Oxygen Therapy for Patients with Acute Myocardial Infarction

No survival benefit

Benefits in NNT

Not applicable
Not applicable

Harms in NNT

No harms reported
No harms reported
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Efficacy Endpoints

Mortality, subsequent heart failure

Harm Endpoints

Not assessed


Myocardial infarction (MI), or heart attack, is the death or injury of heart muscle when blood flow is abruptly cut off, and is a leading cause of death internationally with approximately 1.5 million cases per year in the United States.1 Supplemental oxygen in patients with MI (regardless of baseline oxygen level) is often used to improve oxygen supply to heart muscle, in hopes of reducing cardiac damage and thus improving outcomes.2, 3, 4

The systematic review discussed here, including nearly 8000 subjects from 8 randomized trials,5 is dominated by a single nationwide registry trial of 6629 subjects in Sweden.6 In this study, patients with suspected myocardial infarction (based on either ischemic electrocardiographic or blood troponin changes) and normal oxygen saturation were randomly assigned to receive either supplemental oxygen by face mask for 6-12 hours or ambient air, in a non-blinded fashion.6 Oxygen therapy did not reduce death or any other endpoint measured at 2.1 years, and no subgroups were differentially benefited or harmed.6 These findings echoed the systematic review.5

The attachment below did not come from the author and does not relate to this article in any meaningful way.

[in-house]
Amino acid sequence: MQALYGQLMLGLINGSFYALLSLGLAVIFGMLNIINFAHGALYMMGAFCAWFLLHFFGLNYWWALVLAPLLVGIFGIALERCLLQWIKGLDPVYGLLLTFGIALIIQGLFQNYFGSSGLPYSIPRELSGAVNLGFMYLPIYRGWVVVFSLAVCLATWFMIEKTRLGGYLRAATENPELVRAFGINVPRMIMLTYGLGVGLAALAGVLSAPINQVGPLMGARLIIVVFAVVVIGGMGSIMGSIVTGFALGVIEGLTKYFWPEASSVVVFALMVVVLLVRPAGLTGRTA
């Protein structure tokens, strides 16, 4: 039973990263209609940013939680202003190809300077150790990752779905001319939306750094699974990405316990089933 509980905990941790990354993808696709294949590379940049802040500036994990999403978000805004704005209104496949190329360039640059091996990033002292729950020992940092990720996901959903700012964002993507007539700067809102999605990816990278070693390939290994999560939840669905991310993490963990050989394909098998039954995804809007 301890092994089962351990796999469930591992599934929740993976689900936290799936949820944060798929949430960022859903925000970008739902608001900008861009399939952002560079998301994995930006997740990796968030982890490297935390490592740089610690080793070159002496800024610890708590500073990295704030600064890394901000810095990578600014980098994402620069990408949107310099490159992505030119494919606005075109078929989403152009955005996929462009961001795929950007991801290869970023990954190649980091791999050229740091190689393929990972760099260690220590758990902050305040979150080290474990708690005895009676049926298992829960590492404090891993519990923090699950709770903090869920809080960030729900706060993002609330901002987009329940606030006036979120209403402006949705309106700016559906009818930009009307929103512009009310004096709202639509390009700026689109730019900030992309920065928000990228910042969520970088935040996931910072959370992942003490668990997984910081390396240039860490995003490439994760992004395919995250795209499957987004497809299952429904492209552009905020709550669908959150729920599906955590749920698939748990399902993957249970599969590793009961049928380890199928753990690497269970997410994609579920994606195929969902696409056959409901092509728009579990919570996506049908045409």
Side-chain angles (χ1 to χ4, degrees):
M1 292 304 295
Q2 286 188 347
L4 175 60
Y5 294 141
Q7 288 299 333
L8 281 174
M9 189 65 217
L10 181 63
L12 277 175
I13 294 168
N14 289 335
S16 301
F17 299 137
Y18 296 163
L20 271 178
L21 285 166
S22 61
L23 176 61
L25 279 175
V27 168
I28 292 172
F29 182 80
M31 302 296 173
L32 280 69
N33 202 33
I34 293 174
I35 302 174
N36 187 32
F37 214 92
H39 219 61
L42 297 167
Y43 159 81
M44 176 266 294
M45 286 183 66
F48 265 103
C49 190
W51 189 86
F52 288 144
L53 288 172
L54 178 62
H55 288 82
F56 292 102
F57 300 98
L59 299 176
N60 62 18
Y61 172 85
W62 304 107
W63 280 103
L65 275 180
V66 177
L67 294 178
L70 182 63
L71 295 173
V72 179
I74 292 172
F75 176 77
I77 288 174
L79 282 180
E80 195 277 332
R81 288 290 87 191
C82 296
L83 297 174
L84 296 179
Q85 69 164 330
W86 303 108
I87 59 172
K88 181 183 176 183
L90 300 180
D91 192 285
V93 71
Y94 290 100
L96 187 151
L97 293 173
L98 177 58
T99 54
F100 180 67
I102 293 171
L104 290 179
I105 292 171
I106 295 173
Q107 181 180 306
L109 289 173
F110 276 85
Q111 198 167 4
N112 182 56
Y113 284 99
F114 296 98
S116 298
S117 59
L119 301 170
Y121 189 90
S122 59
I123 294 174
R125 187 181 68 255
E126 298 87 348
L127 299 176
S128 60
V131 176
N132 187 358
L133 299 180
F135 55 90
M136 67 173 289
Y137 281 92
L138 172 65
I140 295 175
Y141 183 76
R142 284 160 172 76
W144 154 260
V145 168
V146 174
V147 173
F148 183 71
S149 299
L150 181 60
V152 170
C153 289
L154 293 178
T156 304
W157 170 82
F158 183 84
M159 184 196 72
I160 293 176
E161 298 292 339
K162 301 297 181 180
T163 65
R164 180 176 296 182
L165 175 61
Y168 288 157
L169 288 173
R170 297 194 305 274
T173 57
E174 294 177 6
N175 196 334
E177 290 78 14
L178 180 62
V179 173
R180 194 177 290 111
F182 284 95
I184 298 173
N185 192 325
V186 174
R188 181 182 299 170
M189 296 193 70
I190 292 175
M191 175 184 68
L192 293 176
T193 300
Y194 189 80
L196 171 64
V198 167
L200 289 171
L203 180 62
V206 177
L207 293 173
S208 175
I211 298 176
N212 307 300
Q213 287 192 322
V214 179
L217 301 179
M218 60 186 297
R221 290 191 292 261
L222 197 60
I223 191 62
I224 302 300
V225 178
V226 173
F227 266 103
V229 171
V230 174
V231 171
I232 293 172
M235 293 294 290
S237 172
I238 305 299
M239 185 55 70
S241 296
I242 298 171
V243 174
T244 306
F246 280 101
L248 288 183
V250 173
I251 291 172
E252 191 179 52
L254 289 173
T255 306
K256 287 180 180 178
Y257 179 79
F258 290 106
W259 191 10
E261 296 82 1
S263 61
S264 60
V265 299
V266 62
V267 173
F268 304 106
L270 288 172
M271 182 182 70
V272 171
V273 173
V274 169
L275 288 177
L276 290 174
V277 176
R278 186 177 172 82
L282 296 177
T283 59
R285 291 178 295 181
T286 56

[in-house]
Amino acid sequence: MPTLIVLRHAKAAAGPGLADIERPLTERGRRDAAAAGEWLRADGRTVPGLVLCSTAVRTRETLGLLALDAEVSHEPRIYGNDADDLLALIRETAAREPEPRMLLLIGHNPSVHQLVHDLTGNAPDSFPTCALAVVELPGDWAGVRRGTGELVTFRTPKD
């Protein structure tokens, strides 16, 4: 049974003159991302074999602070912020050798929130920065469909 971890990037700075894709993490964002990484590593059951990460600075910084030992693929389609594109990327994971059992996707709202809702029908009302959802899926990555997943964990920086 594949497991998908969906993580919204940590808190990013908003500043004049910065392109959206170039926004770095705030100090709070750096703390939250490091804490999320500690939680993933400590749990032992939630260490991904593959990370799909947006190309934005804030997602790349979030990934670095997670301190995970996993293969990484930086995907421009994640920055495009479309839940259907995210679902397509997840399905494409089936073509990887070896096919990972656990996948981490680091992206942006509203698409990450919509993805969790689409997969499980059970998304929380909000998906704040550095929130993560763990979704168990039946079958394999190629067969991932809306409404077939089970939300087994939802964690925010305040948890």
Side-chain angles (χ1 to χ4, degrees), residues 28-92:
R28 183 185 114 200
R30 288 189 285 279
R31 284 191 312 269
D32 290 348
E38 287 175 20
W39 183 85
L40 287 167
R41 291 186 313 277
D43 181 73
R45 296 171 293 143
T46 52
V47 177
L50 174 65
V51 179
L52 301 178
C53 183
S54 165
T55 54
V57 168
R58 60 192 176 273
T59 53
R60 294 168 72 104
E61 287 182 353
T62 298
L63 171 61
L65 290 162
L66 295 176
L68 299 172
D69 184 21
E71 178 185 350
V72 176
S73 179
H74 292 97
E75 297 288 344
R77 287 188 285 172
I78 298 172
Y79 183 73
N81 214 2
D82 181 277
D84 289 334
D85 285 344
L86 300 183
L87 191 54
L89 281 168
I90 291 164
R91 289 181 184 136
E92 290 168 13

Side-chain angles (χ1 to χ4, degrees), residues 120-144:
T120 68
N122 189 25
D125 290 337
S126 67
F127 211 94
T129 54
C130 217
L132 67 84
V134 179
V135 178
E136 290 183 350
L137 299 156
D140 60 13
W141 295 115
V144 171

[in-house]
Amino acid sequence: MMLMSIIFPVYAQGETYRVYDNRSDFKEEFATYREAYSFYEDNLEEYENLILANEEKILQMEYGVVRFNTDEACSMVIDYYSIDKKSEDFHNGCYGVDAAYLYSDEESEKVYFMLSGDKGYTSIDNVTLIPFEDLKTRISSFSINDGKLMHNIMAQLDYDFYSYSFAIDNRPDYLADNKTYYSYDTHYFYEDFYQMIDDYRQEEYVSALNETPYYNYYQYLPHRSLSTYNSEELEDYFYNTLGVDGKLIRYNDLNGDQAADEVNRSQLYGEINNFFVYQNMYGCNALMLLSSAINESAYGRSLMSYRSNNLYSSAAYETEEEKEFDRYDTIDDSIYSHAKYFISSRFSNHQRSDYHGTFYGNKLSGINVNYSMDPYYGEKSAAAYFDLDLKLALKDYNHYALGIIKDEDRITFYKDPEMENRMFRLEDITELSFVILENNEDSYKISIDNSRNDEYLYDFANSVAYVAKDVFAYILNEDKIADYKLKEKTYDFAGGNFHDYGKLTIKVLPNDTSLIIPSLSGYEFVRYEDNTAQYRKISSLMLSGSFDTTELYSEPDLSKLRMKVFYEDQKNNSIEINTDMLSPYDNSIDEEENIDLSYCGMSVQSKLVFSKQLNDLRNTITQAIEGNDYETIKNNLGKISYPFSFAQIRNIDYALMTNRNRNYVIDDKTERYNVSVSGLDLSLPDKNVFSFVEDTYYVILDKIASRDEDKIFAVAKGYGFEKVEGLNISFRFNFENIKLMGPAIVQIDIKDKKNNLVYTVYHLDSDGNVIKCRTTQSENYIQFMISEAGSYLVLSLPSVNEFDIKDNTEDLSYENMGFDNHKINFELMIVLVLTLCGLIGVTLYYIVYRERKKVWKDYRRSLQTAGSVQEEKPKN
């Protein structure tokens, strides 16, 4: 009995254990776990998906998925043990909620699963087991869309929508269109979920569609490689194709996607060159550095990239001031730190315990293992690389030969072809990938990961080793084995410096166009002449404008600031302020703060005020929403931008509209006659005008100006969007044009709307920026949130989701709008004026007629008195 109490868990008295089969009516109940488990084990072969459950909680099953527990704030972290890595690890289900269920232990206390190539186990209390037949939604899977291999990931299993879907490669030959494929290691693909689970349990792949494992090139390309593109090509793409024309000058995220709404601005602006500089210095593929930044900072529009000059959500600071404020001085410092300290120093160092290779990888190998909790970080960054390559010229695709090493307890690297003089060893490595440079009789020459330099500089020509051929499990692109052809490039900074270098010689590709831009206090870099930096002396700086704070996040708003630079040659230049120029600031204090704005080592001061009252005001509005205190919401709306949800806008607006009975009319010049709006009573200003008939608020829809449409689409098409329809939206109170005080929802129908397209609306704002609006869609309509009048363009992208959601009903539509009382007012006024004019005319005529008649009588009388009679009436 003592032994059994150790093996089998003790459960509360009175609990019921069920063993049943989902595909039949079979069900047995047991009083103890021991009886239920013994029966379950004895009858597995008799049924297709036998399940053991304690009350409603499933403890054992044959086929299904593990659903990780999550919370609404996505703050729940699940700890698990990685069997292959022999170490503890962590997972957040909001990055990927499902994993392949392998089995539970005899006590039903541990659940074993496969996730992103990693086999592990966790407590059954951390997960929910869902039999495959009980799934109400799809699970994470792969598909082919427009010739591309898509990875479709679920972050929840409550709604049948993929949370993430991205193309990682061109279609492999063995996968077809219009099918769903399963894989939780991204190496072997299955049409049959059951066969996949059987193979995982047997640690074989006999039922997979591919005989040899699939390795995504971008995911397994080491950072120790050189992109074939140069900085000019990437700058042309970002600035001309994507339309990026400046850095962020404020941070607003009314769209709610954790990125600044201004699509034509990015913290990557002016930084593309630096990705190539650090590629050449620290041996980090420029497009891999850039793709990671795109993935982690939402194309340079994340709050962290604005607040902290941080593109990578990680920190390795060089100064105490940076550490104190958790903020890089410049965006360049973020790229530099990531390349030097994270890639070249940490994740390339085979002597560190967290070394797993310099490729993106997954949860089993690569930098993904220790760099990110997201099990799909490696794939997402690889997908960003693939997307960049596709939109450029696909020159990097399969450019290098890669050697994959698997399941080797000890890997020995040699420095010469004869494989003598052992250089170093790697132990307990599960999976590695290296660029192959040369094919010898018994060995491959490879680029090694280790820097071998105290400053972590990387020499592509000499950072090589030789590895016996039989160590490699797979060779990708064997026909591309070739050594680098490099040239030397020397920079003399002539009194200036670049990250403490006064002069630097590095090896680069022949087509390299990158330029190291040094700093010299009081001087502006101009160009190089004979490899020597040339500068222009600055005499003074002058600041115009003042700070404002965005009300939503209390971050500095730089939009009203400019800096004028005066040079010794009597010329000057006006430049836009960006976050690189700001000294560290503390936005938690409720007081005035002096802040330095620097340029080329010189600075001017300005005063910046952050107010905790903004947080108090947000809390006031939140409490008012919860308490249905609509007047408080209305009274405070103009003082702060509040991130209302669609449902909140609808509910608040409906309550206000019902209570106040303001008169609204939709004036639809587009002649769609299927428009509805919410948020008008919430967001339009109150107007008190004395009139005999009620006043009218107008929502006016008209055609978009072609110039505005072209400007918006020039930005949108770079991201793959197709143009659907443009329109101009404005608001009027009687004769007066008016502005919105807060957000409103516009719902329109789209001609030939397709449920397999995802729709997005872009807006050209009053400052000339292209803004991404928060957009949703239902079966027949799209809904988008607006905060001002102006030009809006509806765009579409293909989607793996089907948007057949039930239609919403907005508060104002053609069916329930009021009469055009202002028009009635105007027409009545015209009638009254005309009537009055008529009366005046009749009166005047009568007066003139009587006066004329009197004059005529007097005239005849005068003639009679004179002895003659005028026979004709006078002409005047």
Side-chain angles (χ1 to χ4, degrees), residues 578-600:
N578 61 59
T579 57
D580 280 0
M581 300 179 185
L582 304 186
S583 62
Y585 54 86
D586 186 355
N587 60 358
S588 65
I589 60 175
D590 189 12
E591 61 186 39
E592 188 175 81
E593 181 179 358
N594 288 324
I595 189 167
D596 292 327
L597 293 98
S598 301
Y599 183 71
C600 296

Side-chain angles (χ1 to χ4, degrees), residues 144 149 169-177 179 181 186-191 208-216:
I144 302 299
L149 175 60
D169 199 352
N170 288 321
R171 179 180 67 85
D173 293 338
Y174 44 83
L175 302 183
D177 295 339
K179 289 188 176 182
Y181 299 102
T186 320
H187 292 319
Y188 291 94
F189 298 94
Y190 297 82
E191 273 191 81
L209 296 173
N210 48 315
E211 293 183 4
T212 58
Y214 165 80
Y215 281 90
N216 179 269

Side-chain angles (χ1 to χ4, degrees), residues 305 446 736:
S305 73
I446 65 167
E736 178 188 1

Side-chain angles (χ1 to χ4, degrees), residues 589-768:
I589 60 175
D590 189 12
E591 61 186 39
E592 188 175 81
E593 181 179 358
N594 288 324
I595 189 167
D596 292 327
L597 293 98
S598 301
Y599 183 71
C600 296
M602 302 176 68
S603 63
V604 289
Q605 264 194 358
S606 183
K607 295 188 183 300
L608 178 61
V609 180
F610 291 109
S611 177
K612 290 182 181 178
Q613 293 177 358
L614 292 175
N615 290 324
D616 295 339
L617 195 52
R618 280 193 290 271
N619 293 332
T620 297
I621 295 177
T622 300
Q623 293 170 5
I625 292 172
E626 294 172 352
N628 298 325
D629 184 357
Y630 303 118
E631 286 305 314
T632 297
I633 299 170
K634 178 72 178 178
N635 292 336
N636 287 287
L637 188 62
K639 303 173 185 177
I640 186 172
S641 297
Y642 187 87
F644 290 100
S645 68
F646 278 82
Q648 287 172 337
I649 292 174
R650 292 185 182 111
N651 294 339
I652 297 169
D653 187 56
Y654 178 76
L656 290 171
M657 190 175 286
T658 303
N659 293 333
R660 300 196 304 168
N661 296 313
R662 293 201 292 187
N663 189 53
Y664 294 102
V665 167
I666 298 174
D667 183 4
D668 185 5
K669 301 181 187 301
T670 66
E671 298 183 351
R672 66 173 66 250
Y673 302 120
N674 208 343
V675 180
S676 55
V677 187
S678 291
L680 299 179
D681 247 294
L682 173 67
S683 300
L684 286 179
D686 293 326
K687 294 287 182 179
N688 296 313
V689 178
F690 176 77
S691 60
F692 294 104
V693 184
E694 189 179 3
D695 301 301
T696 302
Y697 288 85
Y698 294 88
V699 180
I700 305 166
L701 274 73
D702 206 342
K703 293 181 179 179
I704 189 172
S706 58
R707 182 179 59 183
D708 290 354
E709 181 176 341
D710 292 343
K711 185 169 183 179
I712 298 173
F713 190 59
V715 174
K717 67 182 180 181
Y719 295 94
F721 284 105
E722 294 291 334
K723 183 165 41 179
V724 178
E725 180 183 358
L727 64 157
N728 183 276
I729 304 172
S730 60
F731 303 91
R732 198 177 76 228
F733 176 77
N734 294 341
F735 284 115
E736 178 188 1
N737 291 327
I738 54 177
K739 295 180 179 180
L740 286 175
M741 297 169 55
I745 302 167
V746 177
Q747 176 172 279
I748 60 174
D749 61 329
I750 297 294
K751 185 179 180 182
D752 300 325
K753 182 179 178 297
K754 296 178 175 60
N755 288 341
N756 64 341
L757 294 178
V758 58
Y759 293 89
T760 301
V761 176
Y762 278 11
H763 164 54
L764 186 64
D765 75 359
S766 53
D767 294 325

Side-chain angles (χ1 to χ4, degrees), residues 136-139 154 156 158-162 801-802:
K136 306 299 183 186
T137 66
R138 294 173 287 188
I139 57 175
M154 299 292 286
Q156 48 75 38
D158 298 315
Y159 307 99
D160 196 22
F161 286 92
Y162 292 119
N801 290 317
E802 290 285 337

The main limitation of these data is inherent to the design of large registry trials like the Swedish one reported here. Registry trials are often pragmatic, eschewing steps such as blinding, and other features designed to minimize variation and bias. However, such trials have the advantage of being performed in ways that are consistent with usual practice, suggesting their results will translate more easily when implemented. The investigators in the Swedish trial did attempt to limit biases by, for instance, blinding outcome assessors to group assignments, and it is reassuring that the findings of 7 other trials included with in the systematic review5 are consistent with this large study. However, it remains feasible that methodologically more rigorous studies could find small outcome differences not detected in these data.

In conclusion, existing evidence does not support routine supplemental oxygen for patients with acute myocardial infarction. Therefore, we have assigned a color recommendation of Red (No Benefit) to this intervention.


Jia Jian Li, MD
Supervising editors: Shahriar Zehtabchi, MD


February 1, 2019